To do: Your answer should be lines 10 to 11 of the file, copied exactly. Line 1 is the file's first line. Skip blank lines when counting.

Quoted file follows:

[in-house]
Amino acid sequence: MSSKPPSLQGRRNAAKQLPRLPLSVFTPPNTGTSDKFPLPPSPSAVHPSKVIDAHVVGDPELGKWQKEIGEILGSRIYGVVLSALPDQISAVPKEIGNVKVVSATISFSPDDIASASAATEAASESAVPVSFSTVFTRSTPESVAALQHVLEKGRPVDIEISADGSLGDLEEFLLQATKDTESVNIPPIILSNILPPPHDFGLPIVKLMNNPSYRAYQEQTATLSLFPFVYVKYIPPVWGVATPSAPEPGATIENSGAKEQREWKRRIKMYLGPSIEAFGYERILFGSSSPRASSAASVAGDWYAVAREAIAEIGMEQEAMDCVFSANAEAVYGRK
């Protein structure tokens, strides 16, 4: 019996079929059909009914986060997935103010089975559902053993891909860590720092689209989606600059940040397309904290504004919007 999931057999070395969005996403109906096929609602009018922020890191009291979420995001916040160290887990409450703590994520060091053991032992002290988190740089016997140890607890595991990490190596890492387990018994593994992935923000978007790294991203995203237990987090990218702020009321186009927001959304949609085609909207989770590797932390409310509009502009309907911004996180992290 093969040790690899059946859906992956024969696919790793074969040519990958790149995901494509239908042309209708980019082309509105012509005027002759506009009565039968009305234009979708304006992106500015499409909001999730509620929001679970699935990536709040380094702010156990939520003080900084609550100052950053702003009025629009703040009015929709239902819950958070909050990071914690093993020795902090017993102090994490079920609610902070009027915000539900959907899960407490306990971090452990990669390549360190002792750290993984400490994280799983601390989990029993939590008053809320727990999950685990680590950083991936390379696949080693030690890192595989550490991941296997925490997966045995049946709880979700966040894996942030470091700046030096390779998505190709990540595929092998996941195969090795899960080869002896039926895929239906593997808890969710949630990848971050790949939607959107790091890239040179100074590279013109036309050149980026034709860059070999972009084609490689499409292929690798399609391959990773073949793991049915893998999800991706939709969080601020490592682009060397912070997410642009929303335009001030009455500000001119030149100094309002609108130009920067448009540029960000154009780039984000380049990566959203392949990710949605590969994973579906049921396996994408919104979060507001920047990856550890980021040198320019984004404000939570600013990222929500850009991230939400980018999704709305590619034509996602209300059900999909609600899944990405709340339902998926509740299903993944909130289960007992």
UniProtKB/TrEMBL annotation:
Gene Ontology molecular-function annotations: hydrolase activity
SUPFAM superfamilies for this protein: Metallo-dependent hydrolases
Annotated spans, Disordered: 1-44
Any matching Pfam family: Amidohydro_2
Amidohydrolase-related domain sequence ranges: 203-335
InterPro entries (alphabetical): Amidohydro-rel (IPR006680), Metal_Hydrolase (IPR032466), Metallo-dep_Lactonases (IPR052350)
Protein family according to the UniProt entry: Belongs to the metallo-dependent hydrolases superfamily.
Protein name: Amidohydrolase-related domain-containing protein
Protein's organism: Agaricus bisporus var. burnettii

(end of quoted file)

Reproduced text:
InterPro entries (alphabetical): Amidohydro-rel (IPR006680), Metal_Hydrolase (IPR032466), Metallo-dep_Lactonases (IPR052350)
Protein family according to the UniProt entry: Belongs to the metallo-dependent hydrolases superfamily.